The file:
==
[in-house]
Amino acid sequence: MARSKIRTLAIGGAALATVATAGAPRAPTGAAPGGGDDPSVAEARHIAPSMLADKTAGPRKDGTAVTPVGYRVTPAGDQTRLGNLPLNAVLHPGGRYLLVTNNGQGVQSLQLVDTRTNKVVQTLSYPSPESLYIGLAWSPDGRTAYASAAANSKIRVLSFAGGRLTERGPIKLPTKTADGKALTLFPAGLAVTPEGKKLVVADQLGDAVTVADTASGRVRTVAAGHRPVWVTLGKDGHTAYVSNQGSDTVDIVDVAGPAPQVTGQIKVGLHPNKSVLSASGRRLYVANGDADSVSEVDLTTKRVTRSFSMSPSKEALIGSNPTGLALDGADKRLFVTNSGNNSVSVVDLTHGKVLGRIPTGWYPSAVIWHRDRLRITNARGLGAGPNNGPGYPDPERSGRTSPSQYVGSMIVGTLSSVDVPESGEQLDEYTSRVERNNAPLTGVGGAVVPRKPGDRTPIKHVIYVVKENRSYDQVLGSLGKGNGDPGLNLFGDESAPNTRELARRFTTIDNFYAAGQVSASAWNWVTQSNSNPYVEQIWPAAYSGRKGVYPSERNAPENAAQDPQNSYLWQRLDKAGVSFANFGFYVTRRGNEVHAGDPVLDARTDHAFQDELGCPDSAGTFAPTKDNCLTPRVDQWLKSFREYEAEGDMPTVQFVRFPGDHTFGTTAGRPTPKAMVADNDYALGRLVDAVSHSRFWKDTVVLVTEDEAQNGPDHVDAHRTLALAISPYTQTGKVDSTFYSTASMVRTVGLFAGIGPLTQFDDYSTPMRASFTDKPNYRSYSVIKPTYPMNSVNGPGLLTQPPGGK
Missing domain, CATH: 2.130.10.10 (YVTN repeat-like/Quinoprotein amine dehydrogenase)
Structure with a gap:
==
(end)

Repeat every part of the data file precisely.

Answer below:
[in-house]
Amino acid sequence: MARSKIRTLAIGGAALATVATAGAPRAPTGAAPGGGDDPSVAEARHIAPSMLADKTAGPRKDGTAVTPVGYRVTPAGDQTRLGNLPLNAVLHPGGRYLLVTNNGQGVQSLQLVDTRTNKVVQTLSYPSPESLYIGLAWSPDGRTAYASAAANSKIRVLSFAGGRLTERGPIKLPTKTADGKALTLFPAGLAVTPEGKKLVVADQLGDAVTVADTASGRVRTVAAGHRPVWVTLGKDGHTAYVSNQGSDTVDIVDVAGPAPQVTGQIKVGLHPNKSVLSASGRRLYVANGDADSVSEVDLTTKRVTRSFSMSPSKEALIGSNPTGLALDGADKRLFVTNSGNNSVSVVDLTHGKVLGRIPTGWYPSAVIWHRDRLRITNARGLGAGPNNGPGYPDPERSGRTSPSQYVGSMIVGTLSSVDVPESGEQLDEYTSRVERNNAPLTGVGGAVVPRKPGDRTPIKHVIYVVKENRSYDQVLGSLGKGNGDPGLNLFGDESAPNTRELARRFTTIDNFYAAGQVSASAWNWVTQSNSNPYVEQIWPAAYSGRKGVYPSERNAPENAAQDPQNSYLWQRLDKAGVSFANFGFYVTRRGNEVHAGDPVLDARTDHAFQDELGCPDSAGTFAPTKDNCLTPRVDQWLKSFREYEAEGDMPTVQFVRFPGDHTFGTTAGRPTPKAMVADNDYALGRLVDAVSHSRFWKDTVVLVTEDEAQNGPDHVDAHRTLALAISPYTQTGKVDSTFYSTASMVRTVGLFAGIGPLTQFDDYSTPMRASFTDKPNYRSYSVIKPTYPMNSVNGPGLLTQPPGGK
Missing domain, CATH: 2.130.10.10 (YVTN repeat-like/Quinoprotein amine dehydrogenase)
Structure with a gap: